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Man fights definition of disorderly conduct as a violent crime

A Wisconsin man who was prohibited from purchasing a gun is challenging the ruling in court, arguing that the nature of his offense should not prevent him from owning a firearm. The Wisconsin man, age 68, was convicted of disorderly conduct 14 years ago. That violation is considered a violent crime that disqualifies him from purchasing a firearm or holding a concealed weapon. The man is challenging the mandate after being denied in August.

Official reports show that the man was accused of the crime in 1999. He was arguing with his wife over several thousands of dollars in gambling debt. Authorities say that the man picked up a case that held a handgun, and he threatened to kill himself. He then menaced his wife when she attempted to intervene.

Ultimately, the defendant pleaded guilty and received a criminal conviction for disorderly conduct. He admitted to "armed and violent" conduct because the crime involved a dangerous weapon. Experts say that disorderly conduct convictions can stem from a variety of activities, but jurors are never required to determine whether the defendant is actually abusive or violent. However, in the plea agreement, the man signed documents confirming that he was admitting to a violent offense. A ruling is still pending in this case.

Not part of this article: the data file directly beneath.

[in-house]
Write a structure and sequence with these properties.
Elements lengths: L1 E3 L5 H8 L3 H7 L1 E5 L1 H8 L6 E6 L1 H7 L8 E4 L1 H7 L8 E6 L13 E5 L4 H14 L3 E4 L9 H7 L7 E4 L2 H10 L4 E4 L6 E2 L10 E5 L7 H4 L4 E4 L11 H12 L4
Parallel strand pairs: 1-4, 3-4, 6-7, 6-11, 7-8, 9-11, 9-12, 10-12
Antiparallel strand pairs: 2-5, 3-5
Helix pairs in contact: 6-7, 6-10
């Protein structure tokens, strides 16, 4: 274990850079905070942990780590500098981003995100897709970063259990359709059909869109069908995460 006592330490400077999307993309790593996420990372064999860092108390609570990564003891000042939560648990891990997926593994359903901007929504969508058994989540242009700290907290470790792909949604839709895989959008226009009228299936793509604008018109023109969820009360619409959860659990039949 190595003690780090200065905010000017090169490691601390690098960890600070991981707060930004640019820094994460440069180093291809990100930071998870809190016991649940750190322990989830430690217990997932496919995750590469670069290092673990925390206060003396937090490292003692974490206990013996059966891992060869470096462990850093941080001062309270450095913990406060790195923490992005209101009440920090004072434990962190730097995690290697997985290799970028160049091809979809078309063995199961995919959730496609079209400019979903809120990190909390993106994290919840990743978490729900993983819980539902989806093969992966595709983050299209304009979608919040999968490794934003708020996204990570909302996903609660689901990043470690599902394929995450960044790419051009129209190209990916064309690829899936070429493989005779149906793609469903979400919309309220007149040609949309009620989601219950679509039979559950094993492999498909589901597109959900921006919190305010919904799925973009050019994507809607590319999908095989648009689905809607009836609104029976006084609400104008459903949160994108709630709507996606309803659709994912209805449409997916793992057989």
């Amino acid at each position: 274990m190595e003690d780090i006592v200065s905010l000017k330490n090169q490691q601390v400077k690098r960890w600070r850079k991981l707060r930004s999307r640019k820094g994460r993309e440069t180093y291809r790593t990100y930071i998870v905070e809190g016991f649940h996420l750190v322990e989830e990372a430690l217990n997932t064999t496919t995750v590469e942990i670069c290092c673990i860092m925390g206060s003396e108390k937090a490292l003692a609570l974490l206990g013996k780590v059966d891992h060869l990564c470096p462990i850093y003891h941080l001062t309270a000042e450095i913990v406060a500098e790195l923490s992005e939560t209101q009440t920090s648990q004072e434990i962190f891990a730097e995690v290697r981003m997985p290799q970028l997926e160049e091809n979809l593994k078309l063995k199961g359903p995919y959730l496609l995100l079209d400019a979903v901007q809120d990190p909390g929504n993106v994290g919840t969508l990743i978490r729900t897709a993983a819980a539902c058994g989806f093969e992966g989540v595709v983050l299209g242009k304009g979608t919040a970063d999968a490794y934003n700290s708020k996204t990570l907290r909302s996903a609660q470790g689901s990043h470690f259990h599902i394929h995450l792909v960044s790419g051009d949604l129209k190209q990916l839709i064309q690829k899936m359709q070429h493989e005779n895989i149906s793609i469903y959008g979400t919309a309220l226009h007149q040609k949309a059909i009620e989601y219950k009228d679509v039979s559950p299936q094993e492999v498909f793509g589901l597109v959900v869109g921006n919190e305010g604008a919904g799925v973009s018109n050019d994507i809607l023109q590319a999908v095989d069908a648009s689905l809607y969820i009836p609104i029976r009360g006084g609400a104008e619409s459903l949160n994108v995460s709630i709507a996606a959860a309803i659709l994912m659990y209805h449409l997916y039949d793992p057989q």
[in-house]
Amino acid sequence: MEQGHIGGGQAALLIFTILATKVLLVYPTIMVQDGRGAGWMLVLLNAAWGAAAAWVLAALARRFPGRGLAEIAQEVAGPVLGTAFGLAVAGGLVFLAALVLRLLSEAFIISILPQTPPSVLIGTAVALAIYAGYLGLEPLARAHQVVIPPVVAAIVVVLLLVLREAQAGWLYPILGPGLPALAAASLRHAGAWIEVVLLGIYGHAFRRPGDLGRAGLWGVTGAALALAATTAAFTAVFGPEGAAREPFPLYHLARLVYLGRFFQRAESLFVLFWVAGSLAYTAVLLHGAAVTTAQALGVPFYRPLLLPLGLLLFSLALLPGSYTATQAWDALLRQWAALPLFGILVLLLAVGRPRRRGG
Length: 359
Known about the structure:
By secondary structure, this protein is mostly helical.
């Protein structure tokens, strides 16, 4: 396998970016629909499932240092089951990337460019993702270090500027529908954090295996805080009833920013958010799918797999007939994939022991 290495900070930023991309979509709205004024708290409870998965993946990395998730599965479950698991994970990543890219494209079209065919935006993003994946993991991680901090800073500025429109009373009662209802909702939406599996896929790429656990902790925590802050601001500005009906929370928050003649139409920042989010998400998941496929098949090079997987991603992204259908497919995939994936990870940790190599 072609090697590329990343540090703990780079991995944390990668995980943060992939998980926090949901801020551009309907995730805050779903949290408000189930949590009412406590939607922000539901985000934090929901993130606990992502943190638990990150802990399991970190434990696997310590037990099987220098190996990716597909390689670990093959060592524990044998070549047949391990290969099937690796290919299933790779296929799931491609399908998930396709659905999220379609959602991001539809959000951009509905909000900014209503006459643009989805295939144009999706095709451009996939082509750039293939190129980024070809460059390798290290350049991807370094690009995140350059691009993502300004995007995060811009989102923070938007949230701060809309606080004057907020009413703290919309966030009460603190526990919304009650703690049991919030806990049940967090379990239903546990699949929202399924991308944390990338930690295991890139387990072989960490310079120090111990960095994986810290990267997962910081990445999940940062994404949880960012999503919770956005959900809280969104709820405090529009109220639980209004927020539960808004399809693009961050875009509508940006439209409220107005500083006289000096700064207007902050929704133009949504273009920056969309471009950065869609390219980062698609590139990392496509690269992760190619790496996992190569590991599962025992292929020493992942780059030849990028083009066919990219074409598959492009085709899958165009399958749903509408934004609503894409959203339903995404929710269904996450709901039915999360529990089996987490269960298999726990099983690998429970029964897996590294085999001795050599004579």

Defendants who have been convicted of or pleaded guilty to a violent offense should not automatically lose their constitutional rights. These defendants deserve to have their rights protected by a Wisconsin attorney. Individuals who have violent crimes on their criminal records may benefit from consulting a criminal attorney in Wisconsin. These professionals may be able to answer questions about legal rights and options after a plea agreement.

Source: Journal Sentinel, "Greenfield man challenges law after he's denied gun, carry permit" Bruce Vielmetti, Mar. 03, 2014

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